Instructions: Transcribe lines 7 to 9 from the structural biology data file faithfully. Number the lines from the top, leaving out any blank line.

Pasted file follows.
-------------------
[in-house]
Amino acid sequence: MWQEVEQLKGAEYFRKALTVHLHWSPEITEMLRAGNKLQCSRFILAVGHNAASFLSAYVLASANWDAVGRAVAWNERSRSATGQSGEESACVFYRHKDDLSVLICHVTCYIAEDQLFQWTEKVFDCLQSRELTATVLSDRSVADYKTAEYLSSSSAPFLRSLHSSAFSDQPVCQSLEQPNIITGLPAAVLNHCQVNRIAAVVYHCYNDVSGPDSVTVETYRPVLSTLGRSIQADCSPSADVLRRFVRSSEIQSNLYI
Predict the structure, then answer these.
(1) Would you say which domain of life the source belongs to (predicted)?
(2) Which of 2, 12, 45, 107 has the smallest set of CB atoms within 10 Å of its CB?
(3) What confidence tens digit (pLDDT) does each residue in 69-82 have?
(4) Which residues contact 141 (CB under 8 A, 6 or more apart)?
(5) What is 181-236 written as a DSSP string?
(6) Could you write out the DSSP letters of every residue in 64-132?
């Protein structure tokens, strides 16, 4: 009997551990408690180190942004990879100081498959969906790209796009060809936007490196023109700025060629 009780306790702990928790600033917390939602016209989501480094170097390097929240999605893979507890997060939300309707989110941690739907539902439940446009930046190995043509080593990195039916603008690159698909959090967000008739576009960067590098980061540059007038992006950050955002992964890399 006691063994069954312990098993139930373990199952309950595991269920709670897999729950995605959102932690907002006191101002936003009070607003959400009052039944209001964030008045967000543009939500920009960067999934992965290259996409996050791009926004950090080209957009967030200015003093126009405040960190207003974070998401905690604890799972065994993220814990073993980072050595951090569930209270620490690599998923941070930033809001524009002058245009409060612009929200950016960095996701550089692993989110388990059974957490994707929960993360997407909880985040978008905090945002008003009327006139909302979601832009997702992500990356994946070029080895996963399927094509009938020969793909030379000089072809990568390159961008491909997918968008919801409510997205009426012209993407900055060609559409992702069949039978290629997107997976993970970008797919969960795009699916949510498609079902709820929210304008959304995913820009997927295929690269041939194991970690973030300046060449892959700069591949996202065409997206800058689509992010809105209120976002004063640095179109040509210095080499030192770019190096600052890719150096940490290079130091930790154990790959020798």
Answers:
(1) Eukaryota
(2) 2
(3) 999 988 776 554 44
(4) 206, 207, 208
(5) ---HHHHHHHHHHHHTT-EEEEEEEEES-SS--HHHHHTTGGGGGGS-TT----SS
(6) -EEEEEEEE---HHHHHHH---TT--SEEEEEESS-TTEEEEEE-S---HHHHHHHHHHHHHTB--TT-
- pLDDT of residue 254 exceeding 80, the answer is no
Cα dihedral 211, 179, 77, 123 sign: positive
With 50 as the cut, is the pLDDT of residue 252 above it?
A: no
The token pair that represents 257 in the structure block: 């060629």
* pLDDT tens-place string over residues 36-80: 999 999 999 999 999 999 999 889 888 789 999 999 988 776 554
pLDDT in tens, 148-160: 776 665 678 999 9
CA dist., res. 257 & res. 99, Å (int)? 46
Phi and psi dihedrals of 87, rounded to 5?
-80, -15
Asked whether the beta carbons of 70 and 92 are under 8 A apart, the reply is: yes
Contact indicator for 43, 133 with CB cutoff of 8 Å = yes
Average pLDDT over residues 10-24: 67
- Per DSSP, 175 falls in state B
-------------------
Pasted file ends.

(4) Which residues contact 141 (CB under 8 A, 6 or more apart)?
(5) What is 181-236 written as a DSSP string?
(6) Could you write out the DSSP letters of every residue in 64-132?